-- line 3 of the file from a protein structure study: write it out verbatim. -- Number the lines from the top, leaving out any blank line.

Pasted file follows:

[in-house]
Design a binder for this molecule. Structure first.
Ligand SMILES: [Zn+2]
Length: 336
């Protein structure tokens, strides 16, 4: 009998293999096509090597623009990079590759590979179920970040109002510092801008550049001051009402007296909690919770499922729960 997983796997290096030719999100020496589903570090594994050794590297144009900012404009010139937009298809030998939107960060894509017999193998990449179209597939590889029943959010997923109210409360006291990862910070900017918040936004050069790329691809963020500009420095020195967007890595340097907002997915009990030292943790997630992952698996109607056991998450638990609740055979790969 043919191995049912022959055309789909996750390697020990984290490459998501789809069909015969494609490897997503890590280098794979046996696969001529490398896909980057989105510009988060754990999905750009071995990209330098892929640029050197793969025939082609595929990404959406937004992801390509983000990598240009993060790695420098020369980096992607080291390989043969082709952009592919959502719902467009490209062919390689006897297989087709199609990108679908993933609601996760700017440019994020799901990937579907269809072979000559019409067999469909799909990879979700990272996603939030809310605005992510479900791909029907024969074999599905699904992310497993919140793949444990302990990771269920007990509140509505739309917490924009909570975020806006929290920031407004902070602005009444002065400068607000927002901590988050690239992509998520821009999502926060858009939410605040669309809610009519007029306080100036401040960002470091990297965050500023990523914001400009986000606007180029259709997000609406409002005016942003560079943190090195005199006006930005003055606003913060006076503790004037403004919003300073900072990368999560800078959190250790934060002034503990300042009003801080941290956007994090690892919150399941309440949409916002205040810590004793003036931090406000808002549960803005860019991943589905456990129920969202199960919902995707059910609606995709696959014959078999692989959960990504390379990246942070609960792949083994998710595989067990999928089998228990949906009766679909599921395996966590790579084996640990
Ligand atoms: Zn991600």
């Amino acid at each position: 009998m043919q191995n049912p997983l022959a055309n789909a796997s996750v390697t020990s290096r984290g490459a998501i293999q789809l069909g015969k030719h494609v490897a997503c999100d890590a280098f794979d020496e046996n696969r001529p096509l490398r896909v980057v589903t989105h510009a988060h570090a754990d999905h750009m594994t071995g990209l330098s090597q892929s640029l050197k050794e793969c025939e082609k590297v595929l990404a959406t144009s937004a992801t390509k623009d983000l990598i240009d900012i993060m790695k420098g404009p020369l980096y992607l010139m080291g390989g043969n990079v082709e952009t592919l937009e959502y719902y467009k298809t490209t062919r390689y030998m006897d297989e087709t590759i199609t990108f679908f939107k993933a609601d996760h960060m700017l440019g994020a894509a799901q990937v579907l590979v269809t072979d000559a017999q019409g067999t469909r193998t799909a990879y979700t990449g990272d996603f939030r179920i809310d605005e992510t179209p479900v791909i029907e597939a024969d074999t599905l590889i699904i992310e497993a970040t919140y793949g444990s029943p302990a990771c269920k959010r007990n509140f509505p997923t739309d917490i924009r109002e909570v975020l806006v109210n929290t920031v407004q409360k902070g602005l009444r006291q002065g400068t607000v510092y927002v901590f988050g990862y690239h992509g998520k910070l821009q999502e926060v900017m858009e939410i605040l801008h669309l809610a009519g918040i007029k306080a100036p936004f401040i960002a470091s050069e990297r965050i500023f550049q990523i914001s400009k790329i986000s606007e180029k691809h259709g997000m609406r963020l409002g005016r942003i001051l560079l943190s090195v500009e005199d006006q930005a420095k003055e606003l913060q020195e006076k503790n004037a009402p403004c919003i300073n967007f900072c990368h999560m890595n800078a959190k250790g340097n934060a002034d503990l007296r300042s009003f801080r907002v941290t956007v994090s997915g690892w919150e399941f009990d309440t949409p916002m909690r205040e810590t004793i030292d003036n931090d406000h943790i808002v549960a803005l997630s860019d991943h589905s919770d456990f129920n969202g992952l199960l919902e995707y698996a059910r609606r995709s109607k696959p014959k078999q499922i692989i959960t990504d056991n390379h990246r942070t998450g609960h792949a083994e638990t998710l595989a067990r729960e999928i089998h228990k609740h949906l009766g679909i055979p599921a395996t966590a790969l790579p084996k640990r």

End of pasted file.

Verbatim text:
Ligand SMILES: [Zn+2]